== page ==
Carleton College's student newspaper since 1877

The Carletonian

The Carletonian

The Carletonian

Cows and Contentment: A look at what’s been happening lately around Northfield

<an style="font-weight: bold">Wellstone Organization Reborn?

State Representative David Bly told a group of Carls on Wednesday night that he hopes to revive the late-US Senator Paul Wellstone’s Organization for a Better Rice County (OBRC).

Bly plans to work on the project over the summer with Representative Patti Fritz (who represents much of southern Rice County including Faribault). Although he would help restart the organization, Bly expects that someone else from the community would lead the organization if it gets off the ground.

The OBRC was Wellstone’s first foray into local politics and community organizing as an assistant professor at Carleton in the early 1970’s. The organization took a conflict-oriented approach to involve poor people as well as Carleton students in issues like housing, and welfare. Wellstone briefly lost his teaching job at Carleton for his role in the controversial organization, but after a successful student protest he was rehired and additionally became the youngest Carleton professor to receive tenure.

Representative Bly fittingly brought up the subject of reviving the OBRC at the Wellstone House of Organizing and Activism (WHOA), where campus activists had gathered to discuss the future of campus activism following the defeat of the MPIRG reusable/refundable fee in last week’s referendum. The meeting brought together leaders of both sides of the campaign in an atmosphere that oscillated between tense and reconciliatory.

Depot Dealings

Northfield’s 1889 passenger train depot is for sale for $1. The catch is that the Canadian Pacific Railroad wants the historic building moved off of its land along the railroad tracks behind the Quarterback Club.

This past week Northfield’s Historical Preservation Committee discussed Canadian’s offer. Due to the City’s current budget crunch, the committee has no immediate plans. But the committee is currently looking to partner with a business or a non-profit organization to preserve the building. Restoration of the building would include asbestos and lead abatement.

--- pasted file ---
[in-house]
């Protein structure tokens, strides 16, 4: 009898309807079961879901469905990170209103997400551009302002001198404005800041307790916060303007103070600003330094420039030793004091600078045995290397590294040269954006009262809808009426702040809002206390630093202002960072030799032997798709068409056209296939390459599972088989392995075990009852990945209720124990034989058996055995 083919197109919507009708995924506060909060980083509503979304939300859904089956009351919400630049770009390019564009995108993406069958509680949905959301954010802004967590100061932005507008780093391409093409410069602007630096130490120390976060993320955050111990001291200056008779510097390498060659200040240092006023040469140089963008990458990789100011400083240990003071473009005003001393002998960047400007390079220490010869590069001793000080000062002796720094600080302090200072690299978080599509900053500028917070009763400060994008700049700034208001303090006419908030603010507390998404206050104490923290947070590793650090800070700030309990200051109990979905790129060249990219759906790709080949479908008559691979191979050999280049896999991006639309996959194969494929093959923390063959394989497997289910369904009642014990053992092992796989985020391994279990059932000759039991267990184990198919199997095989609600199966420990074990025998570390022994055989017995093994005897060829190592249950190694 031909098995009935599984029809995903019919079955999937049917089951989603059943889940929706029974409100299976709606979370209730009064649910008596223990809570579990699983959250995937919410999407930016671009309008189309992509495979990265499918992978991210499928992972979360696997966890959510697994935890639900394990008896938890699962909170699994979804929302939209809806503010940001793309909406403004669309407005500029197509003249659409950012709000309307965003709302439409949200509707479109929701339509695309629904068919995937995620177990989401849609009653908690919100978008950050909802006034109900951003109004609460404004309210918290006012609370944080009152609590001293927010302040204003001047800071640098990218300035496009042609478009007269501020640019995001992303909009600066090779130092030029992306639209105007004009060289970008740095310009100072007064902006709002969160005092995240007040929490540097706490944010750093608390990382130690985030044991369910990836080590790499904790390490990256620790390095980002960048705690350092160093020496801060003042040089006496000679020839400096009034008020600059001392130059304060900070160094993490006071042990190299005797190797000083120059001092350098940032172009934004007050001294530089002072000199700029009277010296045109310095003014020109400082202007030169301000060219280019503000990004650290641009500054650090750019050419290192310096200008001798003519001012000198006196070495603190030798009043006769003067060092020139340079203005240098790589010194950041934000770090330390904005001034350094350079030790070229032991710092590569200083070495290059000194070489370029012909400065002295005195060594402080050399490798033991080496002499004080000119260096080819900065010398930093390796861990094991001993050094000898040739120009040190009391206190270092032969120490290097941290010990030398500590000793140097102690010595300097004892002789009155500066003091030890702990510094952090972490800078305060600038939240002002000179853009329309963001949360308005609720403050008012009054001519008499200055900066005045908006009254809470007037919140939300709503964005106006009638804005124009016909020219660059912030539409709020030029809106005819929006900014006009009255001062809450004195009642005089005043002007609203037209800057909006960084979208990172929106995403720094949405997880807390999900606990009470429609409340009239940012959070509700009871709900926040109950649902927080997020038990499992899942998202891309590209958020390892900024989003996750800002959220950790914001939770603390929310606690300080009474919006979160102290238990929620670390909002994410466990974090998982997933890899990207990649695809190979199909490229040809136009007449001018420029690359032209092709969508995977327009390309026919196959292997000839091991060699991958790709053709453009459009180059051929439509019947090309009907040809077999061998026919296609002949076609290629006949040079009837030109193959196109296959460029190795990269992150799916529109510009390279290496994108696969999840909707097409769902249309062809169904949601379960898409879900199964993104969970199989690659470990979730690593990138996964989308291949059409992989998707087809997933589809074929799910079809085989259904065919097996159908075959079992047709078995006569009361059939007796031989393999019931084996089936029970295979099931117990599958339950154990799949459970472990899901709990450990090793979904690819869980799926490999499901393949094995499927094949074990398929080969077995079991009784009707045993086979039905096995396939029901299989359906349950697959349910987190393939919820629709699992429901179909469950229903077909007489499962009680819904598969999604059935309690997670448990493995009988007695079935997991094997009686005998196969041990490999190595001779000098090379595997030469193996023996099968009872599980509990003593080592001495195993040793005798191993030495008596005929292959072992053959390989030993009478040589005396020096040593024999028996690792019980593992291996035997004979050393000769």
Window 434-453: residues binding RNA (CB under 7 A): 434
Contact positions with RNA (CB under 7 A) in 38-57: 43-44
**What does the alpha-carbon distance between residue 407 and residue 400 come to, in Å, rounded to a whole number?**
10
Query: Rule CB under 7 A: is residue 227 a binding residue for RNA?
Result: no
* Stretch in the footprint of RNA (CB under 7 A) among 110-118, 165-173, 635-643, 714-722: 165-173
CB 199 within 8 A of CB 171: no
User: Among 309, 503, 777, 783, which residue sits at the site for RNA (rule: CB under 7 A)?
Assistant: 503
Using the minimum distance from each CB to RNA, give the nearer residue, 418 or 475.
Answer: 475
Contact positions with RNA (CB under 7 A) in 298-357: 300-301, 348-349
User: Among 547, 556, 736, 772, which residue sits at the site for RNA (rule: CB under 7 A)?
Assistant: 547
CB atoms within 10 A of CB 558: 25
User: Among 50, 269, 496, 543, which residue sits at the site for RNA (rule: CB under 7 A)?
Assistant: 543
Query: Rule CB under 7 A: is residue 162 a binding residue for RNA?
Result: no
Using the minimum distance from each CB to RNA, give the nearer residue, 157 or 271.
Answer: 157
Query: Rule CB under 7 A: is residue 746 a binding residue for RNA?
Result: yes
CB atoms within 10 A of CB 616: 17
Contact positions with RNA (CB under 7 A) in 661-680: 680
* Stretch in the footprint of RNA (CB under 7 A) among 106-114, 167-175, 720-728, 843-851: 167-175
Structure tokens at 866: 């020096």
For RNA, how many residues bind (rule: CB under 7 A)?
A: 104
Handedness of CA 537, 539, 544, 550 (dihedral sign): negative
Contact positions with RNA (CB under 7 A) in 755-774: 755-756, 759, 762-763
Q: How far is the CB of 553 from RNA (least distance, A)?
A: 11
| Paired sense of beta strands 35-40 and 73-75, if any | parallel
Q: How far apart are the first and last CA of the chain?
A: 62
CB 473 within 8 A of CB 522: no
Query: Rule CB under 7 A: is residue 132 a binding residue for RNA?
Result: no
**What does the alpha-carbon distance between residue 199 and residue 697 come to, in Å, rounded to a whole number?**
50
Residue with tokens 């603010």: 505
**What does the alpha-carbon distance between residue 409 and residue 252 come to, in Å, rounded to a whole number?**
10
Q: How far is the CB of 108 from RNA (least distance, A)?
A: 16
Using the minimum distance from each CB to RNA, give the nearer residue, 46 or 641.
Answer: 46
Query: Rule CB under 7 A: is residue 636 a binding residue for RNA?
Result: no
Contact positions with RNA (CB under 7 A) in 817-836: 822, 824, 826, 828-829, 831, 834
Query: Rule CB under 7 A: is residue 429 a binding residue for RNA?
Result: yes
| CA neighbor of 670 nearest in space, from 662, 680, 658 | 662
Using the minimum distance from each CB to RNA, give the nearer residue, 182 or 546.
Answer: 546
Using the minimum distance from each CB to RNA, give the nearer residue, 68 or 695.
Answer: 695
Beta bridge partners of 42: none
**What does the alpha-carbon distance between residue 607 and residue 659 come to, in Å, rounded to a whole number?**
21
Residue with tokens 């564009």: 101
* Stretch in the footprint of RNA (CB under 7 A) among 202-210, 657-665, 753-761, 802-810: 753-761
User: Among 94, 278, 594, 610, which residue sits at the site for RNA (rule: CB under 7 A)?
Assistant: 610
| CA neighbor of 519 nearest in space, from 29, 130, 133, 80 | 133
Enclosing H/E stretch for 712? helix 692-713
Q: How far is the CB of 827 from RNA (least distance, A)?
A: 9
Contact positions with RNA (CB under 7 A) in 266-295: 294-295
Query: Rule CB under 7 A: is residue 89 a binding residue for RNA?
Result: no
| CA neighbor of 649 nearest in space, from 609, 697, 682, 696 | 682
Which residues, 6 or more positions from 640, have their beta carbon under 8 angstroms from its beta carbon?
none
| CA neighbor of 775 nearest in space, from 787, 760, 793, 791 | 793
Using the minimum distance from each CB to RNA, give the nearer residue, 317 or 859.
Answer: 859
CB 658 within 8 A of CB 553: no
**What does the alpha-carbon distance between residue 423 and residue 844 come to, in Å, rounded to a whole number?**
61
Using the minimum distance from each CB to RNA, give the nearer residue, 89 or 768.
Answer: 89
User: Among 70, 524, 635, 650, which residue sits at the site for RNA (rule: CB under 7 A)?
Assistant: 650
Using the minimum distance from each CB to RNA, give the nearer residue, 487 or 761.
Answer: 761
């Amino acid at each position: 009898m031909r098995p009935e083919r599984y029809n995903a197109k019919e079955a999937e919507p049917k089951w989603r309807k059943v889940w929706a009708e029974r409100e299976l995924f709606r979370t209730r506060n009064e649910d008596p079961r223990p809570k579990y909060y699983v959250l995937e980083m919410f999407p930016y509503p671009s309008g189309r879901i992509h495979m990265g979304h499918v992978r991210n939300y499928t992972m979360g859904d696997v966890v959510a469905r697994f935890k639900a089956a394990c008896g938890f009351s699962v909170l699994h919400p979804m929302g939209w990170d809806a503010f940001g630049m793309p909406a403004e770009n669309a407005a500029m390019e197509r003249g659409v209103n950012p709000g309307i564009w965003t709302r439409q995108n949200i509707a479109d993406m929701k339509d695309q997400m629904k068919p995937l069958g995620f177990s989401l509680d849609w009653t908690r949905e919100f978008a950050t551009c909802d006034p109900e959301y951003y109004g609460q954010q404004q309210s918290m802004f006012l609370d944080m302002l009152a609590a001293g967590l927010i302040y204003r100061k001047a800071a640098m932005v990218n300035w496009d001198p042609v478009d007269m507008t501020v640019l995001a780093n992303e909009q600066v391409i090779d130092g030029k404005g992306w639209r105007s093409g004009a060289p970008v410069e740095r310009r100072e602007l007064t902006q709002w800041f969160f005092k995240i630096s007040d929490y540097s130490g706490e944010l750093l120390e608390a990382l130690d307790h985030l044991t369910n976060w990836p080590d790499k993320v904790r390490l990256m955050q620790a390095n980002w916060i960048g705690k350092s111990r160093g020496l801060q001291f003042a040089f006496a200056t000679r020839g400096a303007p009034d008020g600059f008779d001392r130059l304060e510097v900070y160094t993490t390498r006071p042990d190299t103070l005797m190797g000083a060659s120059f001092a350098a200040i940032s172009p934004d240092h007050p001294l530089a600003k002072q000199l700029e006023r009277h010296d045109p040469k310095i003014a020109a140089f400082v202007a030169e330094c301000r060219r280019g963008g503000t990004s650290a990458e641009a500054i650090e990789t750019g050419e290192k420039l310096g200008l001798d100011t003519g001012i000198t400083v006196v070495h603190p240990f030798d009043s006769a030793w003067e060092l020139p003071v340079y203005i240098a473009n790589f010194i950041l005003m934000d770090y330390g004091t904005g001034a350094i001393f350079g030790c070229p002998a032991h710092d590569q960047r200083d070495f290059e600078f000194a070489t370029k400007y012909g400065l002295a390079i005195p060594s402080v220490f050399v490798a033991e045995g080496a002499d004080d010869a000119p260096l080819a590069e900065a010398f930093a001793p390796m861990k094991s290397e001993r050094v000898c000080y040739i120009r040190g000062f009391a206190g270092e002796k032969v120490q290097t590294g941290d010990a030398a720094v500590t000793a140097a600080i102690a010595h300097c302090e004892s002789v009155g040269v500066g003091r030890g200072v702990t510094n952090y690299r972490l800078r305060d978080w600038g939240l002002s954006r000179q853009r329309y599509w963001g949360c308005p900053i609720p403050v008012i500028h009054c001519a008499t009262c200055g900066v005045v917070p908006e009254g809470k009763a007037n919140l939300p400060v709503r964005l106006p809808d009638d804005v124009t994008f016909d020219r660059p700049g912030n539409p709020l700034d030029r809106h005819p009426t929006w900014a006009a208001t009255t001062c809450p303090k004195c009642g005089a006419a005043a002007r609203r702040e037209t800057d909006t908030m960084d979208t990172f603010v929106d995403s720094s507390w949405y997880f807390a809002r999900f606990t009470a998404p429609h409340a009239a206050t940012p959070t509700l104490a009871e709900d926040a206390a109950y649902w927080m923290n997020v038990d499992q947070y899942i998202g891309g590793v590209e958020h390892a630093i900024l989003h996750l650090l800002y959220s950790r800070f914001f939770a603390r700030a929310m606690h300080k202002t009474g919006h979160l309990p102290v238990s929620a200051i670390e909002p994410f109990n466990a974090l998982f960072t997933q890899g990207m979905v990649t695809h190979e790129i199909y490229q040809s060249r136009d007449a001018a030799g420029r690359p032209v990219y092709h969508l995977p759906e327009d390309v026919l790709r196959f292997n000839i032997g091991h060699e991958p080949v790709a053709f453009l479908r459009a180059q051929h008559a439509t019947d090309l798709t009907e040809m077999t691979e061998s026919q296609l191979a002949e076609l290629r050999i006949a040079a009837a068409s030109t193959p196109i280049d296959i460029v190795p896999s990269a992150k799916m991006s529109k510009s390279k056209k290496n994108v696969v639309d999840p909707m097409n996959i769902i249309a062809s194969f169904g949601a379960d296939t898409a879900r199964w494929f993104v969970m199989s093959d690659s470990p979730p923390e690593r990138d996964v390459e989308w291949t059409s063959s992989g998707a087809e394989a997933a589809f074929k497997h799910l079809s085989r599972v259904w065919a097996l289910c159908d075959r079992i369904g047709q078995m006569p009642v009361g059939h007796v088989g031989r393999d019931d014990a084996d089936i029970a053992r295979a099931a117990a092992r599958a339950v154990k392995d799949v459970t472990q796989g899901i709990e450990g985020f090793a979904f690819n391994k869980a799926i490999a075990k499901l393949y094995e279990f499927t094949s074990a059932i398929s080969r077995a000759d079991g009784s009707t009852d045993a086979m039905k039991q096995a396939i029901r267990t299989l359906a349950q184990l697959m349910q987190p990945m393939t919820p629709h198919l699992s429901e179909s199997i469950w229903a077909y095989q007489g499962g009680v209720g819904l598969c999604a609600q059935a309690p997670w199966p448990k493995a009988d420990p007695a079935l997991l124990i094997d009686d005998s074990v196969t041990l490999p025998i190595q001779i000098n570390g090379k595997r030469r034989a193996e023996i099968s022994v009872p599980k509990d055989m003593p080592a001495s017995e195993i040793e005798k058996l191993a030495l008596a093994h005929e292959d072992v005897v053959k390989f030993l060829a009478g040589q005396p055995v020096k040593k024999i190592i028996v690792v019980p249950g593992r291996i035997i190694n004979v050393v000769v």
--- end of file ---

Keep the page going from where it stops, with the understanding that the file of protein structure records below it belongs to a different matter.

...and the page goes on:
Another possible buyer is Farmer’s Insurance Agent Rob Martin who said that he is “very preliminarily” considering moving the property. Martin has a new site chosen for the building, but is still waiting to see how much the lead and asbestos removal would cost before he takes further action.

Officially known as the Missouri Road Depot, Northfield’s passenger station was built following an 1888 fire that consumed the previous building. A brick veneer construction, the depot originally contained an ornamental railing along the roof and separate waiting rooms for men and women. The depot was still in heavy use in the 1960’s when hundreds of students used it to come to college. The depot took its last passengers in 1981.

This is not the first time the building has been up for adoption. In 1983, Northfield Historical Society volunteer Chip DeMann came forward to move the building in the face of likely demolition. He withdrew his offer when the railroad company decided to use the building for freight storage instead of demolishing it.

Nevada Street Arson?

The fire that consumed an unoccupied residence three blocks from Parish House early Sunday morning may have been arson, say authorities.

The three bedrooms single bath home was built in 1873 and is valued at $73,000. The fire began sometime before 2:50 a.m and burned the building beyond repair.

The property belongs to Tammy Hildebrandt Chorlton of Hastings, MN, who purchased it in 2005 and subsequently used it as a rental – although not always with the correct permits.

In the past few months, the home has attracted attention for its unkempt appearances. Two neighbors complained about it at a February Council, and last week Chorlton missed a court date about making repairs to the house.

Despite the building’s flaws, the city prosecutor tasked with last week’s case said that there is nothing in the building inspector’s reports to suggest a fire hazard. The house has been unoccupied and without electricity since the first of the month.

Lab tests that are expected back sometime next week should confirm the cause of the fire.

Source: The Northfield News

Leave a Comment
More to Discover

Comments (0)

All The Carletonian Picks Reader Picks Sort: Newest

Your email address will not be published. Required fields are marked *